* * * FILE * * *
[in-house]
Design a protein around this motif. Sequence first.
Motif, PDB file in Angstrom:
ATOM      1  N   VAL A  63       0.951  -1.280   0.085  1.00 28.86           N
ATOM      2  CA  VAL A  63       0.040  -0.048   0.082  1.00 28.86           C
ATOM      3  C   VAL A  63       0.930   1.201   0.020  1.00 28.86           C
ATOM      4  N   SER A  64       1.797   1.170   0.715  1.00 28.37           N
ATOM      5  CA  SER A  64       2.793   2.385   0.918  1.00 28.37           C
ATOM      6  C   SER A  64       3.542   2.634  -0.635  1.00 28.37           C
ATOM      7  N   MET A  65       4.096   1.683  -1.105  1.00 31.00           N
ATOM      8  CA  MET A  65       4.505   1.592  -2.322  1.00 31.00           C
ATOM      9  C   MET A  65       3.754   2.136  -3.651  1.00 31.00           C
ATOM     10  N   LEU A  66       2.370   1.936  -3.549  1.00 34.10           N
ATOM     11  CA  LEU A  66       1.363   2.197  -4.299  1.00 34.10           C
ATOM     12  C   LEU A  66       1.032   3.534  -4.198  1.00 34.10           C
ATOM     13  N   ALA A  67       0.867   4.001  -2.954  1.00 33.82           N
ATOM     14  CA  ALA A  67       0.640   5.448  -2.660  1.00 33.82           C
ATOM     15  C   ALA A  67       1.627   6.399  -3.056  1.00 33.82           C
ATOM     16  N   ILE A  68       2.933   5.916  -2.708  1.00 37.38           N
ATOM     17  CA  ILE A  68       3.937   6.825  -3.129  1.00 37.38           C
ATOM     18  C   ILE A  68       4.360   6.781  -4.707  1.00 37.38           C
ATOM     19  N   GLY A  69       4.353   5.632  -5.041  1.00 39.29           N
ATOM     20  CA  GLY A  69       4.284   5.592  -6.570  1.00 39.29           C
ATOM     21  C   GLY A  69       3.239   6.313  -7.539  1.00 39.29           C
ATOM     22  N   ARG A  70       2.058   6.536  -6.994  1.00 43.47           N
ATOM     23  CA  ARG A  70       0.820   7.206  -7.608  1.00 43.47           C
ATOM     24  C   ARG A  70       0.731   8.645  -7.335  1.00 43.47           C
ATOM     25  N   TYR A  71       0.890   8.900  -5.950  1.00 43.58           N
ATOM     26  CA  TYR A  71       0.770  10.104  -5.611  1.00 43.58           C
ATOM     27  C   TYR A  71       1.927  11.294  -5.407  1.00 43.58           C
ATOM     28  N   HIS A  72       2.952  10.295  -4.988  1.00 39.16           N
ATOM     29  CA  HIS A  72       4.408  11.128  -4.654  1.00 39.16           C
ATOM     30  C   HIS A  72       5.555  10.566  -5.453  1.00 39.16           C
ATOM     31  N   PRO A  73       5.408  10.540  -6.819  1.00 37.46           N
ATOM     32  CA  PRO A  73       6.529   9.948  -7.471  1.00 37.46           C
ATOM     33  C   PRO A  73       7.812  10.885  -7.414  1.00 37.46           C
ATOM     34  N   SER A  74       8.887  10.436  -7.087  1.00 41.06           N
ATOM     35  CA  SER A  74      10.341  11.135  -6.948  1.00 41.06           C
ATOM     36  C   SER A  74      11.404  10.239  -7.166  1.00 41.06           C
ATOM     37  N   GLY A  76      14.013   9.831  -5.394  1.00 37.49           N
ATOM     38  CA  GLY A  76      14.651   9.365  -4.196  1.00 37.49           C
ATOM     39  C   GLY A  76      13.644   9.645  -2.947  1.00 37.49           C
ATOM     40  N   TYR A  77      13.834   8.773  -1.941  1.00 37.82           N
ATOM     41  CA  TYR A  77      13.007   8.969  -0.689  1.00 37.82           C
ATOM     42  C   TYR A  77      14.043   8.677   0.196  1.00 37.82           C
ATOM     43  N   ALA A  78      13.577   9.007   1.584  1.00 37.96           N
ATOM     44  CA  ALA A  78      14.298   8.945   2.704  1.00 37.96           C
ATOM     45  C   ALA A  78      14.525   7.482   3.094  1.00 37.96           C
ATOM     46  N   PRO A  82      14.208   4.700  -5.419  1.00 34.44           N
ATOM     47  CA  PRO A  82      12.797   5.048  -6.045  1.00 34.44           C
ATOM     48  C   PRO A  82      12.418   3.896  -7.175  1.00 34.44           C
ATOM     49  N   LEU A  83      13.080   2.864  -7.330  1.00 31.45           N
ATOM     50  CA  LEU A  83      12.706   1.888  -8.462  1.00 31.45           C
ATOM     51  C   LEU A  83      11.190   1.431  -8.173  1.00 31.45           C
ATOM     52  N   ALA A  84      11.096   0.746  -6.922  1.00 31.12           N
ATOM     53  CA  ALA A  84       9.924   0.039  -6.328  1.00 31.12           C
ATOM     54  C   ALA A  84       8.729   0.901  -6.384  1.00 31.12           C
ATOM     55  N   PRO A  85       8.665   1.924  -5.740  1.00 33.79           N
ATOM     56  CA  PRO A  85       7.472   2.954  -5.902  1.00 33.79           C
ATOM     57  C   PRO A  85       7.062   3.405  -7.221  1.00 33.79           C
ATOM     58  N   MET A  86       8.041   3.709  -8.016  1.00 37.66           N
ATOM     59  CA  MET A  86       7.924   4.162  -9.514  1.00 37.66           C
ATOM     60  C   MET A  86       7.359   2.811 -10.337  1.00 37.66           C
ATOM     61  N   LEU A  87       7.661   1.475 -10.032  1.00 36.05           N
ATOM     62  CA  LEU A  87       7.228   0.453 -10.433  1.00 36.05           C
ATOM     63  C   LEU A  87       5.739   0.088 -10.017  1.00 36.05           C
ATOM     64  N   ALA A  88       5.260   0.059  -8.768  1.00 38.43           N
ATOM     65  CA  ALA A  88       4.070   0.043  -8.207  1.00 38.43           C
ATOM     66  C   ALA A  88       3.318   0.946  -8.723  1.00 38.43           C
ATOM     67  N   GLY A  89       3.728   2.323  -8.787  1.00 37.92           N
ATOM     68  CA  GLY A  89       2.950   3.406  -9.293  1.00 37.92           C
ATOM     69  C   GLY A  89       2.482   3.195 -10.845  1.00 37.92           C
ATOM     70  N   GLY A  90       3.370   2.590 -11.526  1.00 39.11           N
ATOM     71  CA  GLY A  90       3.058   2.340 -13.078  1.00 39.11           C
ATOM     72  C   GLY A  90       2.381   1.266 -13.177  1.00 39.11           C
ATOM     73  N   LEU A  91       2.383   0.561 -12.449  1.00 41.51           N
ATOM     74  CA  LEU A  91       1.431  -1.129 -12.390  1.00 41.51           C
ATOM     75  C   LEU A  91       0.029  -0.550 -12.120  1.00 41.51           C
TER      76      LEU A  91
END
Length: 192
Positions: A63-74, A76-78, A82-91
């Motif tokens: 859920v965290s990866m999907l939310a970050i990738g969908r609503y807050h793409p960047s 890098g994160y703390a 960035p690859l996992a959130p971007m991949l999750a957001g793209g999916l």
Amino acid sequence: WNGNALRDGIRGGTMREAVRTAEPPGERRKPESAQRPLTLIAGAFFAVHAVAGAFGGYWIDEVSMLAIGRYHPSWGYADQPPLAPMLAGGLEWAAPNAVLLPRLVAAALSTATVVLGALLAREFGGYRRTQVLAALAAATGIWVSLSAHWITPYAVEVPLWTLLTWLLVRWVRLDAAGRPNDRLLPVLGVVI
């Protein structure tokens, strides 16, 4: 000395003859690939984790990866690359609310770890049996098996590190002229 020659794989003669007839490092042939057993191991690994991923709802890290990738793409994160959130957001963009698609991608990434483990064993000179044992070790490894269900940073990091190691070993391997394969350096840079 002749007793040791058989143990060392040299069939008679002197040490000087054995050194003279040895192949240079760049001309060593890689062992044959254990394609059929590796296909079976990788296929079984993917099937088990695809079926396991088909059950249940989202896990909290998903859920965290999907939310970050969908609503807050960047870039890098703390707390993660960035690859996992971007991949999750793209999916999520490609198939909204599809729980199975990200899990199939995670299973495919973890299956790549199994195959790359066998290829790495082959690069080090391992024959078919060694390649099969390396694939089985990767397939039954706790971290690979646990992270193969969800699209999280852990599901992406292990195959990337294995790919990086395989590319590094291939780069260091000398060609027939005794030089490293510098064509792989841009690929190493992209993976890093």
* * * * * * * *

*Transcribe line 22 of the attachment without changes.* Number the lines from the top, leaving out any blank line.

ATOM     19  N   GLY A  69       4.353   5.632  -5.041  1.00 39.29           N